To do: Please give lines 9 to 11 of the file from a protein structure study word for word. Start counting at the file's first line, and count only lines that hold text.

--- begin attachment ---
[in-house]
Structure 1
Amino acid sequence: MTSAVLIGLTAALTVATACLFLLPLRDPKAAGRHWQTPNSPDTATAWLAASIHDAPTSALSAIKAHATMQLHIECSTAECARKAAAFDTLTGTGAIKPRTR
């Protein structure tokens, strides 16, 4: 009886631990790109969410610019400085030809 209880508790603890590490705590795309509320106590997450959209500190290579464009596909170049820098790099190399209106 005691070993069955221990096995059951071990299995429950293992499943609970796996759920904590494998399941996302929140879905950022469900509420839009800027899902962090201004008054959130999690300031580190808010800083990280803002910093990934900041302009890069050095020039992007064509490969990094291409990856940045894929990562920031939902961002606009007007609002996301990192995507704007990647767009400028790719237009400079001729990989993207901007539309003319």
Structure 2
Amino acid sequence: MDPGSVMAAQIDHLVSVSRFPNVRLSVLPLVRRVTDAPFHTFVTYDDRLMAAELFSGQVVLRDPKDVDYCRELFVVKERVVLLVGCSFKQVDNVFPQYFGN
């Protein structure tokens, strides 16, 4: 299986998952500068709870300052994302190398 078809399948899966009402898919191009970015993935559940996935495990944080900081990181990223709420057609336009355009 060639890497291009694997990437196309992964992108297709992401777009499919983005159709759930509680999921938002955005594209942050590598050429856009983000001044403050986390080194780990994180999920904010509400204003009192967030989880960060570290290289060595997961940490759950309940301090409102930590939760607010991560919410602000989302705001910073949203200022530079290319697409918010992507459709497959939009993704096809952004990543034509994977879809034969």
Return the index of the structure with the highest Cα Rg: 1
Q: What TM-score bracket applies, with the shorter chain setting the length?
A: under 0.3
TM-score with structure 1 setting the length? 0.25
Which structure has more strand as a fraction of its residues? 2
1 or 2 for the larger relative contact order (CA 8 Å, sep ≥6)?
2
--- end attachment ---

Q: What TM-score bracket applies, with the shorter chain setting the length?
A: under 0.3
TM-score with structure 1 setting the length? 0.25